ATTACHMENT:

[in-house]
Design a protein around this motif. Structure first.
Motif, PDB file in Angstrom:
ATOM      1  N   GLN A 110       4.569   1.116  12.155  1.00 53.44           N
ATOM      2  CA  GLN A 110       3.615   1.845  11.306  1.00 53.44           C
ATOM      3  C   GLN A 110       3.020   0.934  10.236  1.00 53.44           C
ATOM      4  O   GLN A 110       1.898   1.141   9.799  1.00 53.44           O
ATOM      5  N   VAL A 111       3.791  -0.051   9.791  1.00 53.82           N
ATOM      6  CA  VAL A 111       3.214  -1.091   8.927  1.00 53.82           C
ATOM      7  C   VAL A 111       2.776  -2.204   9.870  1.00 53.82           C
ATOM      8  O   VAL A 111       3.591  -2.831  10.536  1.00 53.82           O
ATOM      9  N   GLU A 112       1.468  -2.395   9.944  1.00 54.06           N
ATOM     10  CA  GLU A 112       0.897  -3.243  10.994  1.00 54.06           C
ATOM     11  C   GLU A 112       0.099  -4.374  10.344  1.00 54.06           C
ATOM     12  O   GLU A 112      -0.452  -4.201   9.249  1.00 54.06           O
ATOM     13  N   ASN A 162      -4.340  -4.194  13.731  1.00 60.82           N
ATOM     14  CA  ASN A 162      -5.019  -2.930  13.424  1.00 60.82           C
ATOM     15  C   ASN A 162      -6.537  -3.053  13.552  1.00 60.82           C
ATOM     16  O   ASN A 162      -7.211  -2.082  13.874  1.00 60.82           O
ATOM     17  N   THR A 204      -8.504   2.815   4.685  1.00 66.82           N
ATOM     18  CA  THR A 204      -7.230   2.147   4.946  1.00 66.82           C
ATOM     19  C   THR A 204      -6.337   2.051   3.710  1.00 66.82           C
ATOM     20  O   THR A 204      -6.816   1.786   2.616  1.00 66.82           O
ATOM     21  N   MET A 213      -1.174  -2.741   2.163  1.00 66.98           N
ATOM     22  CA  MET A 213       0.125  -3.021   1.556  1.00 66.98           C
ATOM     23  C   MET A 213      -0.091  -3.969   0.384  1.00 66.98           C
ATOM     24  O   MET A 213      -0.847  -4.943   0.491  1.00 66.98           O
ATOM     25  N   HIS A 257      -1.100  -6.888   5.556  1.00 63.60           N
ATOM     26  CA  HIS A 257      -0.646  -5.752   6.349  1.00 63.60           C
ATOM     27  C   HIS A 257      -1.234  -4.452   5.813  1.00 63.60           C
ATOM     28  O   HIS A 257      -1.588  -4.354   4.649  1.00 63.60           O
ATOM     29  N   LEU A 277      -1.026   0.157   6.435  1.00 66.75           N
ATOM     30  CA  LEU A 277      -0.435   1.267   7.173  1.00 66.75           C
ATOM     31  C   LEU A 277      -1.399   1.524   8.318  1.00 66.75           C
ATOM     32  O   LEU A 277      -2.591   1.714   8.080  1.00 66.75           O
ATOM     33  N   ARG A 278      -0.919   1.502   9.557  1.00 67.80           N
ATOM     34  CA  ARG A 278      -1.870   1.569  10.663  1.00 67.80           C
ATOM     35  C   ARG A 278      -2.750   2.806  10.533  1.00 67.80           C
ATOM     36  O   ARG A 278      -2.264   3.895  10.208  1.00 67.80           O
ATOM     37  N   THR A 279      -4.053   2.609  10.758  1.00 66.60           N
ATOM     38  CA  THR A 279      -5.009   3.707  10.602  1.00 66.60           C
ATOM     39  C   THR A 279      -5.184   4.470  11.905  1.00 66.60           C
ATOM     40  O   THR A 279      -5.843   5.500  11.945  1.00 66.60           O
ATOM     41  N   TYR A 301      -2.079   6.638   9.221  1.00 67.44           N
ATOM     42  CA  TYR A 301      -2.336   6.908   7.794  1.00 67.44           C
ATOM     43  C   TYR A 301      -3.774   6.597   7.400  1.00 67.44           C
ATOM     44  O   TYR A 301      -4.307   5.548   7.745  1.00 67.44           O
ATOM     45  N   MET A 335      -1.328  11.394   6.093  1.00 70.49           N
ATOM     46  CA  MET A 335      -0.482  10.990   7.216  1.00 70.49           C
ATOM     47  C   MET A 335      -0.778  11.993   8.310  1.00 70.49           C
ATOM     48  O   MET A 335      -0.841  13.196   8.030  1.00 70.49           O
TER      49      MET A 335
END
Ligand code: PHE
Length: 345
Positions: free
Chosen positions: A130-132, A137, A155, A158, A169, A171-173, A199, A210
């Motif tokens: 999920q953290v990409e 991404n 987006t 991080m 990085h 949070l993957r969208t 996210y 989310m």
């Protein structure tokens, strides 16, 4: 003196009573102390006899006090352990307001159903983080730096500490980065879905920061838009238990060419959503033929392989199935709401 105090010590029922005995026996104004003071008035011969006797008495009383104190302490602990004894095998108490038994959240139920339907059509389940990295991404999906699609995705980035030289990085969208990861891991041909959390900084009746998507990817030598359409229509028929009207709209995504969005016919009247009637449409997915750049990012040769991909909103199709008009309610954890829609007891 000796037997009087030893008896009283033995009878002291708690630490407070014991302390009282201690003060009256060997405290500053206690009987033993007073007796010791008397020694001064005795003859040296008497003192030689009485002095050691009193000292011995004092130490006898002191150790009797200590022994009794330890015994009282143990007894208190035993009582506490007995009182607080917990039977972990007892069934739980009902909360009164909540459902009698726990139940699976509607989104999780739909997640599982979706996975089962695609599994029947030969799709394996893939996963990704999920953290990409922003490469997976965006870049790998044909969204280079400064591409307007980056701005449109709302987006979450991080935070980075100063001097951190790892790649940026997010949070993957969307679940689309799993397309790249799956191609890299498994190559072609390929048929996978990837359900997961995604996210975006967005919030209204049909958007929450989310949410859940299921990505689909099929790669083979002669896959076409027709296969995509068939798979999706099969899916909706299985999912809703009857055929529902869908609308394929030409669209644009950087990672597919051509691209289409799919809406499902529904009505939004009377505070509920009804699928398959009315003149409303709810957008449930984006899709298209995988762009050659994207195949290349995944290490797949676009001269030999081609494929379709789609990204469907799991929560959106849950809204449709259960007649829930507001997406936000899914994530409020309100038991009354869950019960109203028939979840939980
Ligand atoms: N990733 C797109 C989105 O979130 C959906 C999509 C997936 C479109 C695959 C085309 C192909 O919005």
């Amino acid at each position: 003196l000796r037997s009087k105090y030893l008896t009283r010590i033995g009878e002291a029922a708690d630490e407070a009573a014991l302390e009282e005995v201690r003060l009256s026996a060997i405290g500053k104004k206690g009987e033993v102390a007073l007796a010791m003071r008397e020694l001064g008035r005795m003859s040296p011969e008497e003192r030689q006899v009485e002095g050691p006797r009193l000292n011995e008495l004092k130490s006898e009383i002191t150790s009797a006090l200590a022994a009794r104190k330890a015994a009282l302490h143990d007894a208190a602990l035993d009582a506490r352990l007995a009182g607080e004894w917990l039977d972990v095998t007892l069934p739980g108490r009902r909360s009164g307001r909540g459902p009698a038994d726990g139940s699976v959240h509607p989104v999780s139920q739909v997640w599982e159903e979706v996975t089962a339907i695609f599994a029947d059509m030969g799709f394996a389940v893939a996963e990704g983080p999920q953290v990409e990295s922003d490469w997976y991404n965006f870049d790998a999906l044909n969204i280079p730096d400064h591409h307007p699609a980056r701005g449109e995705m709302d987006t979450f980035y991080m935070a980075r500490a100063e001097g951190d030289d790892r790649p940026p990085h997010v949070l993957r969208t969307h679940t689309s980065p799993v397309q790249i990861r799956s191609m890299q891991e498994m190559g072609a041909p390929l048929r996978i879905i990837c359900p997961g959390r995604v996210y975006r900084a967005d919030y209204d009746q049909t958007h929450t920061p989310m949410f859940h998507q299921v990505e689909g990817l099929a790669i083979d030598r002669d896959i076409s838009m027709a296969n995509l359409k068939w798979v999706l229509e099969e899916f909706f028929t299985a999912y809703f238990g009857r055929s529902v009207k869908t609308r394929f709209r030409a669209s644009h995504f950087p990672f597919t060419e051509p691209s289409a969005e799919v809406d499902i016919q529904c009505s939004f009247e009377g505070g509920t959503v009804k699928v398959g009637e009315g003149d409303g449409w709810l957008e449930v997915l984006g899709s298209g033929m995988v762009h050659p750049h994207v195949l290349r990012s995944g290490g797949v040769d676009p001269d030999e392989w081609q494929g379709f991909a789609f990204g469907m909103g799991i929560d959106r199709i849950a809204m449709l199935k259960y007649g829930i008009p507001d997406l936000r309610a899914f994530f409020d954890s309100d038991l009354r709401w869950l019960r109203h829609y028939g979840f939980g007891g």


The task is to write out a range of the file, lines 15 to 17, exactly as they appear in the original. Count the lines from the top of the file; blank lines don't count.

ATOM     12  O   GLU A 112      -0.452  -4.201   9.249  1.00 54.06           O
ATOM     13  N   ASN A 162      -4.340  -4.194  13.731  1.00 60.82           N
ATOM     14  CA  ASN A 162      -5.019  -2.930  13.424  1.00 60.82           C